The 2015 Crosstrek Hybrid will, as before, be offered in 2.0i, 2.0i Premium, and 2.0i Limited models. 2.0i Limited, as well as 2.0i Premium models with EyeSight, this year get a new seven-inch multi-touch gesture infotainment system. The rest of the model line isn't left out either, with new 6.2-inch infotainment systems and a rear-vision camera now standard.
In both instances, those are essentially the systems that are already installed in the redesigned 2015 Legacy sedan and Outback crossover models—systems that we've found to be significantly easier to use, both with a colorful, high-contrast display and apps compatibility.
Impressive active safety, for a price well under $30k
For the first time, Subaru's EyeSight active-safety suite is offered on the XV Crosstrek. Included in the top Limited model and available in the Premium, EyeSight packages together many impressive active-safety technologies—adaptive cruise control, pre-collision braking, lane-departure warning, blind-spot detection, lane-change assist, and rear cross-traffic alert. And with the latest-generation version introduced this year, it has a wider detection range for vehicles and obstacles.
In most other ways, the 2015 XV Crosstrek continues with the same presentation—including a rugged, tall-hatchback stance, a generous 8.7 inches of ground clearance, and a choice between standard and Hybrid versions. Standard gasoline versions have the same 148-horsepower, 2.0-liter horizontally opposed four-cylinder engine, and a choice between shifting via a five-speed manual and a continuously variable automatic transmission (CVT).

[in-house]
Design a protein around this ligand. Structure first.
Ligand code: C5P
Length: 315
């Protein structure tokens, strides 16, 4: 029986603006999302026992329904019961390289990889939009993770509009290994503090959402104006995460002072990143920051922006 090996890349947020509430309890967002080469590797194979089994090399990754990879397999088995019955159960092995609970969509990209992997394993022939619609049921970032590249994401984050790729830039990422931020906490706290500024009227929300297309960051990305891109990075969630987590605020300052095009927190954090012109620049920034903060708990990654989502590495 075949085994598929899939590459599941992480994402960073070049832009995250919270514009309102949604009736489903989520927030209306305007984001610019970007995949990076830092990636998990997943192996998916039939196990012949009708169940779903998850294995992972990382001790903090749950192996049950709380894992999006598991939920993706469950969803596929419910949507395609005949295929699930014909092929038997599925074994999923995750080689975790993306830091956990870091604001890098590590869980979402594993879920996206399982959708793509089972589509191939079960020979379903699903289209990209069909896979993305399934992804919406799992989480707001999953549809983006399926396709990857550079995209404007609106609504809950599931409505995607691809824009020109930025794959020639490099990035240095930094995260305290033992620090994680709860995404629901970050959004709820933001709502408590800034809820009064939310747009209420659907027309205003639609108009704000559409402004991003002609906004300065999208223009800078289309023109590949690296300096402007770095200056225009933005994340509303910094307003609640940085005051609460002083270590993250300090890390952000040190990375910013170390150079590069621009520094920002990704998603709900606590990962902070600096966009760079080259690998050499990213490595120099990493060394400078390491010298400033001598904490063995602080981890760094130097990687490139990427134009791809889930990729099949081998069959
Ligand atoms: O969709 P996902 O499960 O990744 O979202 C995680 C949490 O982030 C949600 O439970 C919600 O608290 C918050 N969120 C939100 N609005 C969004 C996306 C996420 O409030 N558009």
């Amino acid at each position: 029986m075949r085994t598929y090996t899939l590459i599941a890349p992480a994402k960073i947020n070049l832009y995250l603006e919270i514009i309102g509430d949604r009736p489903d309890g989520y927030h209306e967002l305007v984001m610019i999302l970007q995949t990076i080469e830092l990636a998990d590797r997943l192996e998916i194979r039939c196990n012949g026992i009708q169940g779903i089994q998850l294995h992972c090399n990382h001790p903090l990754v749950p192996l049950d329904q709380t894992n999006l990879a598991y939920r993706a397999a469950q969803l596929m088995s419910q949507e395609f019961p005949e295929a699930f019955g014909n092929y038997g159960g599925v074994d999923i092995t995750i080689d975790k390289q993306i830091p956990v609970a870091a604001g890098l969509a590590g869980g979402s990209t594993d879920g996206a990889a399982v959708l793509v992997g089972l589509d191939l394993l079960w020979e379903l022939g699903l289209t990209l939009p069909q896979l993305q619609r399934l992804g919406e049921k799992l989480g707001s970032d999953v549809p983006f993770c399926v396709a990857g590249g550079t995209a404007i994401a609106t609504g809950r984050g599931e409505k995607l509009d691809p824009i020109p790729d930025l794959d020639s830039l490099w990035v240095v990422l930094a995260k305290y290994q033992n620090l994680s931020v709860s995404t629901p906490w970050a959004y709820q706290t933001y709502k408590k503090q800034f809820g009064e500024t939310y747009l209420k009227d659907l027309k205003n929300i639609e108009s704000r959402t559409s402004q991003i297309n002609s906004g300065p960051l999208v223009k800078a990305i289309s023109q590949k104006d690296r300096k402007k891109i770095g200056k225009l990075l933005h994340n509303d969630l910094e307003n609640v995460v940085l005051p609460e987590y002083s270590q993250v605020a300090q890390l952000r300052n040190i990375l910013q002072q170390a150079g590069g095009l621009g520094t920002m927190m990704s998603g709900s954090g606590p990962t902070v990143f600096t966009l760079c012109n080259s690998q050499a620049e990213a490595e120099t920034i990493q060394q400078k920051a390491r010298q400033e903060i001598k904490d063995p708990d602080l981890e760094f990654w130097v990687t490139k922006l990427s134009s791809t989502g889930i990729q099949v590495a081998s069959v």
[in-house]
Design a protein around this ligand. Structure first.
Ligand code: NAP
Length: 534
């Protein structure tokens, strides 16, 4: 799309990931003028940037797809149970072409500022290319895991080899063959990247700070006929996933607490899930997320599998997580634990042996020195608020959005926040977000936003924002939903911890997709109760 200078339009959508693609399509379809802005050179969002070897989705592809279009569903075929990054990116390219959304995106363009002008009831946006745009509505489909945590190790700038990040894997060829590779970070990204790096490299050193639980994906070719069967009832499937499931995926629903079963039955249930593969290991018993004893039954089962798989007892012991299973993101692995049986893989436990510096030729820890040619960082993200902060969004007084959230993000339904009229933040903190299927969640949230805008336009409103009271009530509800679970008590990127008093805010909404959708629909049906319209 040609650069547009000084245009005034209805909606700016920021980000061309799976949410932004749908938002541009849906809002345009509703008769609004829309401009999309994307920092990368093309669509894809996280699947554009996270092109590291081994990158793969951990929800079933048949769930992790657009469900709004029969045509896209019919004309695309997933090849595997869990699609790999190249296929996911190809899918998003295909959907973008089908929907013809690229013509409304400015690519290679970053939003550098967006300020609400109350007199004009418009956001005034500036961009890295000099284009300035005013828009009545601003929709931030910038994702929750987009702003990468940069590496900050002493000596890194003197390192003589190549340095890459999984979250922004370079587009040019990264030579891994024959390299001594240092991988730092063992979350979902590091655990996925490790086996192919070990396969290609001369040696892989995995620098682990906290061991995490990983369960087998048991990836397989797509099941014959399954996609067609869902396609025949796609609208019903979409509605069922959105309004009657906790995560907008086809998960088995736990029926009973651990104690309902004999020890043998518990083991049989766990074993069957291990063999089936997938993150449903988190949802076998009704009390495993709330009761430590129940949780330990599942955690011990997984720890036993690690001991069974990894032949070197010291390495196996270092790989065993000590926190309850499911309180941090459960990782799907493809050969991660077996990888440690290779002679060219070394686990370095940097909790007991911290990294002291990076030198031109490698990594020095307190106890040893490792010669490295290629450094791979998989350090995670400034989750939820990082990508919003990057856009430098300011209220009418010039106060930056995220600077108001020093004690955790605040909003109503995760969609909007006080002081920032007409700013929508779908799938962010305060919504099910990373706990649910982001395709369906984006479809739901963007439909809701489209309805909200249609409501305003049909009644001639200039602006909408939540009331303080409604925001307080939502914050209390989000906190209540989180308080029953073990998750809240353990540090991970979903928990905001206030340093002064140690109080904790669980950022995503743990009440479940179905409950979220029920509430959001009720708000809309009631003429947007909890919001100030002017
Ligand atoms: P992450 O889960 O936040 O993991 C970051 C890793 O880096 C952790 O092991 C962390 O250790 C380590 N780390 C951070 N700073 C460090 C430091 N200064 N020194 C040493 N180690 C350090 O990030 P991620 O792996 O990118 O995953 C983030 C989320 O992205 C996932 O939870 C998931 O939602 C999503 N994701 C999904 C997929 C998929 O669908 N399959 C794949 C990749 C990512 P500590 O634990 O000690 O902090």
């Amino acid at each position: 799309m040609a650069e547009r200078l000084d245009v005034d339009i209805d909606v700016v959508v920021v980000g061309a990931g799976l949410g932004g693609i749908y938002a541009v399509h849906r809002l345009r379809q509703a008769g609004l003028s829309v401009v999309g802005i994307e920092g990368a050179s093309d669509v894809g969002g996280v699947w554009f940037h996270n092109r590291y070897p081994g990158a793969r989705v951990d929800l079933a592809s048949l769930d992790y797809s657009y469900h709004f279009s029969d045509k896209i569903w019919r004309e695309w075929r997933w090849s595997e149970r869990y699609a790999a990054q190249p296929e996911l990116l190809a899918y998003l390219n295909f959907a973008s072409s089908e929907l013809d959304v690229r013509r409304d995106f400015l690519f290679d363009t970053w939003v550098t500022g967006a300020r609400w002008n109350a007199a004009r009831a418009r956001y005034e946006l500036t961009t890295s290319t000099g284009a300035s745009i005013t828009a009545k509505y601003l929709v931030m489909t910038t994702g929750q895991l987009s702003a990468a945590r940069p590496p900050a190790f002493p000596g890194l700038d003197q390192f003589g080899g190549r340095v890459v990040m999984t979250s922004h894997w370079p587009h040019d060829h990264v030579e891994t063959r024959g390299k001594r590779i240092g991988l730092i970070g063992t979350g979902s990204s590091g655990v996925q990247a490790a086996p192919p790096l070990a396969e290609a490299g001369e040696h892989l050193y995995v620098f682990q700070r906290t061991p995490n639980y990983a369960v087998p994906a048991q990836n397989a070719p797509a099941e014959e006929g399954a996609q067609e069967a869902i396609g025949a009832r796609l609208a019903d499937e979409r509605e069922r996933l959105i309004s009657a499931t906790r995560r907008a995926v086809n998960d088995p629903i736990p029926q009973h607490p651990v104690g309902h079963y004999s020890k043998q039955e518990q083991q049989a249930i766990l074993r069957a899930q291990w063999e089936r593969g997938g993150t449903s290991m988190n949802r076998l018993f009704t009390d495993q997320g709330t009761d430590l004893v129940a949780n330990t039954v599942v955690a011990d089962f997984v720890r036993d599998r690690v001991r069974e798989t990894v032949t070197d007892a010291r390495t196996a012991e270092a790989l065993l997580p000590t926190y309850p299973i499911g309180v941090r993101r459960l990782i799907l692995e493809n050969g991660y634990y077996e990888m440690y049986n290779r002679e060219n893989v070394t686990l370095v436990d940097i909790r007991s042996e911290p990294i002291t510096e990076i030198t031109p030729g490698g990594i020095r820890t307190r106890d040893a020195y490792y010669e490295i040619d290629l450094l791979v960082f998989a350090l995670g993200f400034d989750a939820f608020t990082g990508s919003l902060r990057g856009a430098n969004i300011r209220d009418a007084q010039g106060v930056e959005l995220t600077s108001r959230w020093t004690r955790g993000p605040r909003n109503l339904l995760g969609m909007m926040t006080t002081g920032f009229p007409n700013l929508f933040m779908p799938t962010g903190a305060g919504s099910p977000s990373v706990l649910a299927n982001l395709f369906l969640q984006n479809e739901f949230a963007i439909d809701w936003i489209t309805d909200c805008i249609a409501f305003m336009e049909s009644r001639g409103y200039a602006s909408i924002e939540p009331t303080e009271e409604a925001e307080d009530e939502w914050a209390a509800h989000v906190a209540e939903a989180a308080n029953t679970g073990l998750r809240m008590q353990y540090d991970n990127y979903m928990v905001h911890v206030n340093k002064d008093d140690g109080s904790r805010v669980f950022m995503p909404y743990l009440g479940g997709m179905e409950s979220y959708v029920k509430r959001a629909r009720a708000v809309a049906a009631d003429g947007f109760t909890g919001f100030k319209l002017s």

Quieter inside, too
There are a few other important improvements for 2015. With thicker side glass and a new acoustic windshield for the 2015 models, added to chassis reinforcement and sound-deadening improvements, the XV Crosstrek should be much-improved in noise and refinement compared to the version that was introduced a couple of years ago—a vehicle that has a bit too much road and wind noise.
The Subaru XV Crosstrek has been, far and away, a sales success in the U.S. For 2013, it replaced the former Outback Sport and has a little more character of its own. And at last, it gave Subaru a true smaller sibling to its successful Outback wagons, as well as a truly different, tougher counterpoint to the Impreza hatchbacks upon which it's based.